2-6-8-0 kitbash

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BGW

New Member
I am working on a freelance 2-6-8-0 kitbash. It is running ,but needs some bugs work out. It start with a Mantua 2-6-6-2 with a extra driver added and a Rivarossi heavy pacific / mikado boiler shell. I had build a 2-6-6-2 some year back with a light pacific boiler,but the GN 2-6-8-0s looked interesting .

Here is a quick video showing a update.


 

trailrider

Well-Known Member
I really like your 2-6-8-0! The GN had a number of this wheel configuration which were converted to single-expansion. They did have Belpaire fireboxes. The GN were not the first to use this wheel setup, however. Some time ago, before the Mantua 2-6-6-2 loggers came out, I kitbashed a couple of 2-6-6-2's from Mantua Prairie 2-6-2's, but could not actually power the front engine. The Burlington Route, which I model in the 1940-1960 period, had several 2-6-6-2's they inherited from the GN, and a single 2-8-8-2 they eventually rebuilt to 2-8-0's which worked better. The "Q" wasn't much on articulateds, except in the Black Hills of S. Dakota, relying more on ten-coupled 2-10-2's and 2-10-4's and finally in steam on their 4-8-4 dual service #56XX series. I kitbashed a number of these rigid wheelbase engines using Mantua Mikado and Pacifics. Ain't it fun?!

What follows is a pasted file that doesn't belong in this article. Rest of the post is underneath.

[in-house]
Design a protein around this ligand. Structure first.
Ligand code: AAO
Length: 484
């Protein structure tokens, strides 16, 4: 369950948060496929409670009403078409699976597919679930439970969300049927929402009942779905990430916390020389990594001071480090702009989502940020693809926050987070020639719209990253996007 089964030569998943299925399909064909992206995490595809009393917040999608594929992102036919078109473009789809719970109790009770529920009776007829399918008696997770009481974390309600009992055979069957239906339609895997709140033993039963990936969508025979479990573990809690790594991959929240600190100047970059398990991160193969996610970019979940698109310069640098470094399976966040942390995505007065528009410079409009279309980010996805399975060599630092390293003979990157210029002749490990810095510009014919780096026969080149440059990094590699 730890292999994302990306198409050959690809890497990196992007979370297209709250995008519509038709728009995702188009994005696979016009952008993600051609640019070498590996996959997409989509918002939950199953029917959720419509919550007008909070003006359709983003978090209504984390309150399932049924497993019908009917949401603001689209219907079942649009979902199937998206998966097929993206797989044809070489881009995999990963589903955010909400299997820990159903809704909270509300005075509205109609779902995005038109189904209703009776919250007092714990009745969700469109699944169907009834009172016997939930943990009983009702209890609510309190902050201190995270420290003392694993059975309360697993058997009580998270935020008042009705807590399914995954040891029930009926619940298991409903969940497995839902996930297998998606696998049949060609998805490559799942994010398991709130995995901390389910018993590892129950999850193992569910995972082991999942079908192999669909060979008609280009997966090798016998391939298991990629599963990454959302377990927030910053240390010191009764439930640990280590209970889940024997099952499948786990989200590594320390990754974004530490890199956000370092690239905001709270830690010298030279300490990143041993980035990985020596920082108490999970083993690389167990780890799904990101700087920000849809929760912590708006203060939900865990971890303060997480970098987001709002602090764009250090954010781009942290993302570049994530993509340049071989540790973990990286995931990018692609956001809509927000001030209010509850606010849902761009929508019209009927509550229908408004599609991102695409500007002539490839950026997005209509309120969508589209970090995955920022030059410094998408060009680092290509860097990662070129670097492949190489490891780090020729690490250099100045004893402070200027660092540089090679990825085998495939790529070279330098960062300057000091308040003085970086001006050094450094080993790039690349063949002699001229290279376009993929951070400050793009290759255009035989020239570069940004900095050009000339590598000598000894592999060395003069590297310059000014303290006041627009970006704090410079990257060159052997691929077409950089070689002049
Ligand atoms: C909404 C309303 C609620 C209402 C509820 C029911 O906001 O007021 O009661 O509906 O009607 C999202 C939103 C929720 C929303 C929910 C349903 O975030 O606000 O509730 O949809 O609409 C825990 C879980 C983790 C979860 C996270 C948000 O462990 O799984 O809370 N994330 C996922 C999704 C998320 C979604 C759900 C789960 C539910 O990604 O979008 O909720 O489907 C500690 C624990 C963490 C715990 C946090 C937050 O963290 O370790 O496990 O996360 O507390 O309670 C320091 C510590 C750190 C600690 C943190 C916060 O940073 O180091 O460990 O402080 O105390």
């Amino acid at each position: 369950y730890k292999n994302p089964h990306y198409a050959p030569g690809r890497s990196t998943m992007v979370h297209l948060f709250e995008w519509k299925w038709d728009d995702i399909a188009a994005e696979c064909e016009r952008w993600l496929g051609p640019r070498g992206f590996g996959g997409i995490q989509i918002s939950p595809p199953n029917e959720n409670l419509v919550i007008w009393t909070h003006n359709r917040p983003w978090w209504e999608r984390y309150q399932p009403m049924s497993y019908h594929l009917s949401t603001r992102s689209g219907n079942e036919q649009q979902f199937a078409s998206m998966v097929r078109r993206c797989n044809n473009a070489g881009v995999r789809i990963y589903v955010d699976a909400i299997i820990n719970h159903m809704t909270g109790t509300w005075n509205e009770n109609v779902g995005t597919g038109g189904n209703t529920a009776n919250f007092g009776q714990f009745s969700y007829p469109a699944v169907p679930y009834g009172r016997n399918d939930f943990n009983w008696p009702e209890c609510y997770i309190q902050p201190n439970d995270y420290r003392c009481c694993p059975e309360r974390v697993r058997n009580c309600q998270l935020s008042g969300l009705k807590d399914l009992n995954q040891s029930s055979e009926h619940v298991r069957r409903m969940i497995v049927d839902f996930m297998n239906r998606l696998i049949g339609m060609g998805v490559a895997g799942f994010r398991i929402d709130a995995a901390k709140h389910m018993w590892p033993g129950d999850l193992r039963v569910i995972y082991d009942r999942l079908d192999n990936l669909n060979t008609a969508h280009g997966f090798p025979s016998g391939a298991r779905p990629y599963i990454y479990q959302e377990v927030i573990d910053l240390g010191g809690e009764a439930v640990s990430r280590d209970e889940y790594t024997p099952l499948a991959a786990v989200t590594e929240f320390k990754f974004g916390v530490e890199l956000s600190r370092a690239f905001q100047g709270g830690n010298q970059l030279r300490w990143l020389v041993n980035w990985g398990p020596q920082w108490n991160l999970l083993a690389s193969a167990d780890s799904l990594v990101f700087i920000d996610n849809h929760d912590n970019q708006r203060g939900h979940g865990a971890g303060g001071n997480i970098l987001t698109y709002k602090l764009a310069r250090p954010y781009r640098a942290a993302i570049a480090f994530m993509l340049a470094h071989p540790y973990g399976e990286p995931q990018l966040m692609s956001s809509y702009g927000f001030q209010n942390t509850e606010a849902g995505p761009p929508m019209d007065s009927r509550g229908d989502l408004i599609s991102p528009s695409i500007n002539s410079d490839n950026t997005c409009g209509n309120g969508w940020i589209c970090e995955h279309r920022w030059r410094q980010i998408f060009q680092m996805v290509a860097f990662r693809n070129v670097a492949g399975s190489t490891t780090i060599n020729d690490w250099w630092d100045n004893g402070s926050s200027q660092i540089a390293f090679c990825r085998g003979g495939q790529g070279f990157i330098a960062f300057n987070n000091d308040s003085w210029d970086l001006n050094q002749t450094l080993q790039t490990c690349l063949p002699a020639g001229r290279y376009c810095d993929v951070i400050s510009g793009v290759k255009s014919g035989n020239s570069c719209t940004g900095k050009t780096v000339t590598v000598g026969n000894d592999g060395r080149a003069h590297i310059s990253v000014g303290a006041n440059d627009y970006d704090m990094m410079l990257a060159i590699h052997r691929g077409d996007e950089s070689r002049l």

BGW

New Member
One thing about Mantua steam is there are tough engines. Maybe a little low on details but can run good. I have always be able to get one of there open frame motors going with cleaning and lube. Also there driver flanges ( Not trucks ) work on code 83 track unlike Rivarossi where I have had to grind down flanges to run one my layout. I have kept the open frame motor and drive tubes on the engine because it runs pretty good . I though about a belpaire firebox to look like a engine brought from GN . But had to go with what boiler would fit the length of the frame and work with the boiler weight mount. I have a Bachmann Hvy 4-8-2 but it is too long so went with the Rivarossi Heavy 4-6-2. My first project 2-6-6-2 used a BLI light pacific boiler looked good sorta like Sierra #38 , but I wanted a beefier boiler on the 2-6-8-0. Here is a video


I model a freelance transfer line set in the Twin cites ( Minneapolis/St Paul ) in the late 50s and early 60s . Called Twin city transfer loosely based on the Minnesota transfer Now Minnesota commercial railroad.
 

trailrider

Well-Known Member
The GN 2-6-8-0's were converted from Mallet's to simple-expansion and lasted until the 1950's, basically at the end of the steam era.